Risk Factors for SARS-CoV-2 Infection and Illness in Cats and Dogs

Dorothee Bienzle; Joyce Rousseau; David Marom; Jennifer MacNicol; Linda Jacobson; Stephanie Sparling; Natalie Prystajecky; Erin Fraser; J. Scott Weese

Disclosures

Emerging Infectious Diseases. 2022;28(6):1154-1162. 

In This Article

Abstract and Introduction

Abstract

We tested swab specimens from pets in households in Ontario, Canada, with human COVID-19 cases by quantitative PCR for SARS-CoV-2 and surveyed pet owners for risk factors associated with infection and seropositivity. We tested serum samples for spike protein IgG and IgM in household pets and also in animals from shelters and low-cost neuter clinics. Among household pets, 2% (1/49) of swab specimens from dogs and 7.7% (5/65) from cats were PCR positive, but 41% of dog serum samples and 52% of cat serum samples were positive for SARS-CoV-2 IgG or IgM. The likelihood of SARS-CoV-2 seropositivity in pet samples was higher for cats but not dogs that slept on owners' beds and for dogs and cats that contracted a new illness. Seropositivity in neuter-clinic samples was 16% (35/221); in shelter samples, 9.3% (7/75). Our findings indicate a high likelihood for pets in households of humans with COVID-19 to seroconvert and become ill.

Introduction

SARS-CoV-2 originated in horseshoe bats and probably reached humans through an unidentified intermediary host.[1] The virus is aerosolized and highly transmissible among humans; new variants have arisen and spread in successive waves across the world since late 2019. Since a report of SARS-CoV-2 infection in a dog in March 2020,[2] an ever-increasing range of species has been shown to be susceptible to infection, including household cats, dogs, ferrets, and hamsters.[3–10]

Companion animals have closest contact with humans, creating ample opportunity for exposure. Experimental infections have suggested that most companion animals are infected only transiently, as indicated by PCR positivity or virus isolation.[11,12] Conversely, detection of antibodies by ELISA or neutralizing antibody assay suggests infection rates of 0.2%–43.9% related to factors such as the likelihood and frequency of interaction with infected humans.[13–16] Infections in animals are typically subclinical or associated with transient respiratory or gastrointestinal disease.[17,18] In rare cases, death has been attributed to SARS-CoV-2 infection; however, defining the contribution of SARS-CoV-2 to death in animals with underlying conditions such as cancer, bacterial pneumonia, or obesity is challenging. On the other hand, minks are highly susceptible to infection and pneumonia, and mortality rates of 35%–55% caused by SARS-CoV-2 infection were reported from outbreaks among farmed mink in Utah.[19] Captive minks also contracted viruses with a unique amino acid substitution in the spike (S) protein that were subsequently retransmitted to humans and to community cats and dogs, around mink farms in the Netherlands.[5,20] Similarly, infected pet Syrian hamsters may also retransmit SARS-CoV-2 to humans.[21] More than 30% of free-ranging white-tailed deer tested in Ohio were SARS-CoV-2 positive by PCR, and a similarly high proportion of white-tailed deer in Texas and other North America locations had neutralizing antibodies.[22,23] Experimentally, white-tailed deer transmitted SARS-CoV-2 to other deer vertically and horizontally by direct contact.[24] It has not yet been determined if infected deer experience illness or have increased illness and death rates or if transmission is sustained among wild deer populations. However, such high prevalence suggests SARS-CoV-2 may become endemic in some deer populations in North America.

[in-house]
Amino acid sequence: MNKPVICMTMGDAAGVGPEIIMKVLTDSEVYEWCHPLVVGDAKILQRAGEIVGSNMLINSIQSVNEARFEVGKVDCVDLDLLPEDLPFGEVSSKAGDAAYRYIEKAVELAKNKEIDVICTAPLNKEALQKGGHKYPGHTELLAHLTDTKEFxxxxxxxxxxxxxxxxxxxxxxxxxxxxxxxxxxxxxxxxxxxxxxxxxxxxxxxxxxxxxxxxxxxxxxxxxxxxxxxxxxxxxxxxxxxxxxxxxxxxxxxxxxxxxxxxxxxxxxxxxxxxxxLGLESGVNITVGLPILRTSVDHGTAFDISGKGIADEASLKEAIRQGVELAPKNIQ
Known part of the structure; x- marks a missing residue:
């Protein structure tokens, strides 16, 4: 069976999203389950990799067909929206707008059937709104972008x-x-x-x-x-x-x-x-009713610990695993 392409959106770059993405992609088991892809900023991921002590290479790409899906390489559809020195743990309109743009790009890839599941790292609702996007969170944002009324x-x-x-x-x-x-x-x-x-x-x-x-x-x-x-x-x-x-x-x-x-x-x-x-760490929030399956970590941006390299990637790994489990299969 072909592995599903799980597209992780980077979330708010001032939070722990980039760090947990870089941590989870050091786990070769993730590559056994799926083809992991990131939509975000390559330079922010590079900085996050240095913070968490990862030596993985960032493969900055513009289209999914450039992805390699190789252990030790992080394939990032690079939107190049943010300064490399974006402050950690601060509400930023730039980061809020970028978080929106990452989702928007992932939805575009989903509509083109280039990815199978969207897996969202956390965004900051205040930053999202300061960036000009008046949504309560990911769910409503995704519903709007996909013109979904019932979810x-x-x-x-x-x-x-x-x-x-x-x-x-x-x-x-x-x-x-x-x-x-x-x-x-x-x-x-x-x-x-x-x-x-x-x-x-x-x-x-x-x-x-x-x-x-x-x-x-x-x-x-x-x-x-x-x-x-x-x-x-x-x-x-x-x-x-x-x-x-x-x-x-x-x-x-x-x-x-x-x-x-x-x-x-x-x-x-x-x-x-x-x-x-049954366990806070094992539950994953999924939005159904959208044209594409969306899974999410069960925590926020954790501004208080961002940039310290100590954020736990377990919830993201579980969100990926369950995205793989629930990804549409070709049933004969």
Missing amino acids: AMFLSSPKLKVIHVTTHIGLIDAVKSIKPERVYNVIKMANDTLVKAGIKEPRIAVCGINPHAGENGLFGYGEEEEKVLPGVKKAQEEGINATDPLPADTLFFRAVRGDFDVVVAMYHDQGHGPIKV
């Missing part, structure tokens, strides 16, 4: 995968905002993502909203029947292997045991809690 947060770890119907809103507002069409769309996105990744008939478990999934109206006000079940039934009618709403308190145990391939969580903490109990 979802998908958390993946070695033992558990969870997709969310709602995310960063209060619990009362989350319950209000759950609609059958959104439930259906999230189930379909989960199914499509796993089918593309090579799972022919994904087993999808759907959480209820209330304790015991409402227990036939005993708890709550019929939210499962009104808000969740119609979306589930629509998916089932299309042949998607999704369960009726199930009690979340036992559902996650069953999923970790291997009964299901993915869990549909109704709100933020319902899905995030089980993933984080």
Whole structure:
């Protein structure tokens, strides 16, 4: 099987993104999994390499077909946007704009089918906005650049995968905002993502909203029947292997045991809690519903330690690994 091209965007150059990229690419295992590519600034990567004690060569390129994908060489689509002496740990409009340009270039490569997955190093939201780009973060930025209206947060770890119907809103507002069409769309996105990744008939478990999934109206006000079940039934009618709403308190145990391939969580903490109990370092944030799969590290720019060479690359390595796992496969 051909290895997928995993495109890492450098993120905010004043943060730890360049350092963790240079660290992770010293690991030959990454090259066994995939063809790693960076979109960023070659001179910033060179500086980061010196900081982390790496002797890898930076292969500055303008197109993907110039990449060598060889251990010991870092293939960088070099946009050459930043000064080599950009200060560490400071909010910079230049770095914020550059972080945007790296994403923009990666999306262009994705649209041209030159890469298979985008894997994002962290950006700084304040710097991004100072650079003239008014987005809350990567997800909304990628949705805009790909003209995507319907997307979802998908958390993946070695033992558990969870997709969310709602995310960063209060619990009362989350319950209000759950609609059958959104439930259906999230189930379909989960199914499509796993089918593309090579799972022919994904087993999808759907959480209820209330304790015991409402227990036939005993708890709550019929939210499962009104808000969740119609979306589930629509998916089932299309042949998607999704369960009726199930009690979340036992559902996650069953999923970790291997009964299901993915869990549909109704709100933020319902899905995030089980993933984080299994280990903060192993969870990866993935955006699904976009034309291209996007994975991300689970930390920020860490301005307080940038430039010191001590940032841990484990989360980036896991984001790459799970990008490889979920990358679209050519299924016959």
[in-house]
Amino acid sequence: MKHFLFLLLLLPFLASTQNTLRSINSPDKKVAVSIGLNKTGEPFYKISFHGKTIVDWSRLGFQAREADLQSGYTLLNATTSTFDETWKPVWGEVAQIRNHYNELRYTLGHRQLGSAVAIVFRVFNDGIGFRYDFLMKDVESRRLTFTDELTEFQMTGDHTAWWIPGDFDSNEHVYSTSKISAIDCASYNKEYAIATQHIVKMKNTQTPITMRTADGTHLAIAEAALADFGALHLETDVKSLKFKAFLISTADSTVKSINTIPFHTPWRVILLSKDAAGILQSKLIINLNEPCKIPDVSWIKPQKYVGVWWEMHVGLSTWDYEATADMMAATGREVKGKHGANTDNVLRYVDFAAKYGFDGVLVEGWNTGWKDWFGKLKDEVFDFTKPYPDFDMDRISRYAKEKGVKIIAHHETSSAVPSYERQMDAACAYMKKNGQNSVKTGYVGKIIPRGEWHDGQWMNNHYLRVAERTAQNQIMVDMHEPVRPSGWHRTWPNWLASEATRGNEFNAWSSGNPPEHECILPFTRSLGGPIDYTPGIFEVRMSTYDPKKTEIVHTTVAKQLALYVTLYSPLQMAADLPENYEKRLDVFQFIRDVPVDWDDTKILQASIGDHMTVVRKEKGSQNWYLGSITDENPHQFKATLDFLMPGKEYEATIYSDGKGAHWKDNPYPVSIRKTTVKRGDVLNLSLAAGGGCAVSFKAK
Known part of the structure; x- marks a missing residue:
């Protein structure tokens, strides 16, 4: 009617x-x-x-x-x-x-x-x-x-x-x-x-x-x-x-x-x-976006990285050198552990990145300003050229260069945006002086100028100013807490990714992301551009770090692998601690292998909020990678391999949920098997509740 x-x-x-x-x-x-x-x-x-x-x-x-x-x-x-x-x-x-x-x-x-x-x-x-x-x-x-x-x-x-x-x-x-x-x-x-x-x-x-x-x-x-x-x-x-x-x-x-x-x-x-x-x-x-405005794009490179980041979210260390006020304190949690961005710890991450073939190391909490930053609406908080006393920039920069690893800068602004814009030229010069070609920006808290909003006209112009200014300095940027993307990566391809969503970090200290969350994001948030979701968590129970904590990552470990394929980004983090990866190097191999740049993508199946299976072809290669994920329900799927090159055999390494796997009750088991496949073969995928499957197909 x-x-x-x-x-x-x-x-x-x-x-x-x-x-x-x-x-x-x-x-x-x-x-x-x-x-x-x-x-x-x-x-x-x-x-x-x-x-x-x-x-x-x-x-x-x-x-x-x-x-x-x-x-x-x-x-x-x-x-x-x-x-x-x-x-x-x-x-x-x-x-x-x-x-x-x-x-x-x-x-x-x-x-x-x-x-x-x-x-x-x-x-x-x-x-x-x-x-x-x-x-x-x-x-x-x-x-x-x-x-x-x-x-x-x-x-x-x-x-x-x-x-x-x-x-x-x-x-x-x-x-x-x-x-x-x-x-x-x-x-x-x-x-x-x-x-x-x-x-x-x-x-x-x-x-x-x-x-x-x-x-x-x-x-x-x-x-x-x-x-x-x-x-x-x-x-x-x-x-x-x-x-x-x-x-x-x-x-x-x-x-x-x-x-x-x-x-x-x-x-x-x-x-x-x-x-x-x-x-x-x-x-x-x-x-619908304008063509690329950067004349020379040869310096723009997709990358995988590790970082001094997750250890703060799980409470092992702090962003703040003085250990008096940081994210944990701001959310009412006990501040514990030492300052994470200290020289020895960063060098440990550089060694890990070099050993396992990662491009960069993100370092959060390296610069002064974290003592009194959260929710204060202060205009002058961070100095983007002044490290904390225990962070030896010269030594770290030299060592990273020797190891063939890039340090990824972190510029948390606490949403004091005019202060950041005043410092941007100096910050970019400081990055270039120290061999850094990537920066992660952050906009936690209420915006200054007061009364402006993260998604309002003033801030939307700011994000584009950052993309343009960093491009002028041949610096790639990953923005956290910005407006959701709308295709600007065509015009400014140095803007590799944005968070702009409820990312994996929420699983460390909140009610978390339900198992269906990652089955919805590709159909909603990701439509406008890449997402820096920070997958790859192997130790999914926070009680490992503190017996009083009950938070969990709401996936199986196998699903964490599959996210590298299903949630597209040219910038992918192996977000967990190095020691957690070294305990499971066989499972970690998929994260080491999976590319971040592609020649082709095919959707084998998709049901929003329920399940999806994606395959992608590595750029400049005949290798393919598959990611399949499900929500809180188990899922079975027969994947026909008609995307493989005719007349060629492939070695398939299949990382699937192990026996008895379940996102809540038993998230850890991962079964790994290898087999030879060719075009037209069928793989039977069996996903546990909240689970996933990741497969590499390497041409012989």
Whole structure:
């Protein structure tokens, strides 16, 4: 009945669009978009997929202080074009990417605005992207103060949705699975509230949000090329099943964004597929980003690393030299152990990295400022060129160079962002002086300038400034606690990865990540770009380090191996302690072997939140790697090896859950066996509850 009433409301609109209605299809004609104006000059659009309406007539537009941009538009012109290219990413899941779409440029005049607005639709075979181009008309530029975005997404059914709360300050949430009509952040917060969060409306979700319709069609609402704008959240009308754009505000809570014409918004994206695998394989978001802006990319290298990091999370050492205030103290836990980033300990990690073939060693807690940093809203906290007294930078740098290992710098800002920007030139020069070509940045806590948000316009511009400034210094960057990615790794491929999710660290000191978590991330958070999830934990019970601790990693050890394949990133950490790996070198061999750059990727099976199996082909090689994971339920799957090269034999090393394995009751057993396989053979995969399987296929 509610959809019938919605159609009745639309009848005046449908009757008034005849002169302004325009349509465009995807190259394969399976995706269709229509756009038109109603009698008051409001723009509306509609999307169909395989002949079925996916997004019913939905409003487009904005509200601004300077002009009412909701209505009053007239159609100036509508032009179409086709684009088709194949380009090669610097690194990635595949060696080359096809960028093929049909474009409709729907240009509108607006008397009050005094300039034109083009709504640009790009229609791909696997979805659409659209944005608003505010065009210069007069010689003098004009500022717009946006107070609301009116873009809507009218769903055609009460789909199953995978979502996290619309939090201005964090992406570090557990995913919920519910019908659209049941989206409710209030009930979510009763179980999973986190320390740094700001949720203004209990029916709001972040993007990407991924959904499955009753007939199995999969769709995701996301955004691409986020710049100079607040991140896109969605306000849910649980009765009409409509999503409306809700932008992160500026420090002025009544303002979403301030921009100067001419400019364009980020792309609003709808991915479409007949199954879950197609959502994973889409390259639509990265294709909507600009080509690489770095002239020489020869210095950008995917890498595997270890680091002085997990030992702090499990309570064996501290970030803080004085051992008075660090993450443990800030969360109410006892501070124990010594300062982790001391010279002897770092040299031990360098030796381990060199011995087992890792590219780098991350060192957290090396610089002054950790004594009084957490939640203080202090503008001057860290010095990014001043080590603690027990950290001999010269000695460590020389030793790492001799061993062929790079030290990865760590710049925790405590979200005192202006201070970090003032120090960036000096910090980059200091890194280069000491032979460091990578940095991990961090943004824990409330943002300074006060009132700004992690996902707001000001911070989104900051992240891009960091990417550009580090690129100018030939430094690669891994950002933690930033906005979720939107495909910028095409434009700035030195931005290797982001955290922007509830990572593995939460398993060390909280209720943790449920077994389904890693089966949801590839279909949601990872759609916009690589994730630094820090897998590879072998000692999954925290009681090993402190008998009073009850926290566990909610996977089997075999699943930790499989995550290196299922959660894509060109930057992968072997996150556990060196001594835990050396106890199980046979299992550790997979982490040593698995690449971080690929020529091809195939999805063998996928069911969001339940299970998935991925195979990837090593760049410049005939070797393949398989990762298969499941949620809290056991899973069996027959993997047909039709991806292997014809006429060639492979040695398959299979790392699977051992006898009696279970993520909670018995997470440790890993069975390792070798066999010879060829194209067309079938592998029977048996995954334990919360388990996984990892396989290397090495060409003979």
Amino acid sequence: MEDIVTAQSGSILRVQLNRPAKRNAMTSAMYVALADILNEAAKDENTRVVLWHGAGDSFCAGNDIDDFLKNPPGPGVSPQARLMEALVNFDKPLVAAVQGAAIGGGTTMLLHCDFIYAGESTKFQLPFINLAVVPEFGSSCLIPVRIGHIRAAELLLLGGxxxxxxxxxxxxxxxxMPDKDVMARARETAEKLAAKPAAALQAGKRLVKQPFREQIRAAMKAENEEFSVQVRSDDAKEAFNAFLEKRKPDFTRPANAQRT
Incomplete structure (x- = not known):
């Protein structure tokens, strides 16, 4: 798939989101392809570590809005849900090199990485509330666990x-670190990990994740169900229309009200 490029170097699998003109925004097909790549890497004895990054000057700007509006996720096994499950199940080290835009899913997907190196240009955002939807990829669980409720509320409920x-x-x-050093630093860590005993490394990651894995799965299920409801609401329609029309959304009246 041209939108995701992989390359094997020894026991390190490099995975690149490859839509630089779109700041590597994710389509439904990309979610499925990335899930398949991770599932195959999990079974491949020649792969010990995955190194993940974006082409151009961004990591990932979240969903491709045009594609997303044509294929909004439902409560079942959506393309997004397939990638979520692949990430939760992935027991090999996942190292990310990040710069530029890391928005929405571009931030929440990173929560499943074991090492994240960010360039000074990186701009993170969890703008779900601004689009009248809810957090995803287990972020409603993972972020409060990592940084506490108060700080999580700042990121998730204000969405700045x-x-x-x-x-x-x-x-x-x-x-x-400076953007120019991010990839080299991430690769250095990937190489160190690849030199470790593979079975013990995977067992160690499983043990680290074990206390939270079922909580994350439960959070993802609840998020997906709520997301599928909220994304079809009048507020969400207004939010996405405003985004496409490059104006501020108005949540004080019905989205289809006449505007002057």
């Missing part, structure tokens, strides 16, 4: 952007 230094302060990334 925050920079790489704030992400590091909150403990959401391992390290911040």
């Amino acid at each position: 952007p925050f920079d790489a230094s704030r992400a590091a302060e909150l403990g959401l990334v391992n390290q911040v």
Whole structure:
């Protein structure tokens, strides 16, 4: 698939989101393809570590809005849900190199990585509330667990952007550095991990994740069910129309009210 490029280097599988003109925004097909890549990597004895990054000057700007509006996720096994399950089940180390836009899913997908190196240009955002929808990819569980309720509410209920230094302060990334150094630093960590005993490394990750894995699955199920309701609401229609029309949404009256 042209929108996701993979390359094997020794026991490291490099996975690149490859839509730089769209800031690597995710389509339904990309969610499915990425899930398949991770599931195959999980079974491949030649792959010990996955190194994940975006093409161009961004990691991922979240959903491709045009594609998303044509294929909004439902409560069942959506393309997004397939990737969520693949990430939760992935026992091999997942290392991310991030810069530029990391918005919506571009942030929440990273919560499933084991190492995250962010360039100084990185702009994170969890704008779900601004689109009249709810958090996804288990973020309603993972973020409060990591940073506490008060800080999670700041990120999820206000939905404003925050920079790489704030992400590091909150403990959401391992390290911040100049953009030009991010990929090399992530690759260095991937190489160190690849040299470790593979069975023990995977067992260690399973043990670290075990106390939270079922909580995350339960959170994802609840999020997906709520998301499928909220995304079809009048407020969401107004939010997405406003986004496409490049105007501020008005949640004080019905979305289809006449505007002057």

SARS-CoV-2 is transmitted predominantly via aerosols, aided by proximity of infected and susceptible hosts, the degree of host susceptibility, and the concentration of infectious virions in air. Although most infections in animals originate from humans, neither risk factors for zoonotic transmission from humans to pets nor the frequency and nature of clinical illness in pets are well defined. We report the frequency of SARS-CoV-2 seropositivity in cohorts of pets from households, low-cost neuter clinics, and animal shelters in Ontario, Canada, and analyze household risk factors associated with seropositivity. The University of Guelph (Ontario, Canada) approved the studies by Animal Utilization Protocol 4411 and Research Ethics Board Protocol 20-04-002.

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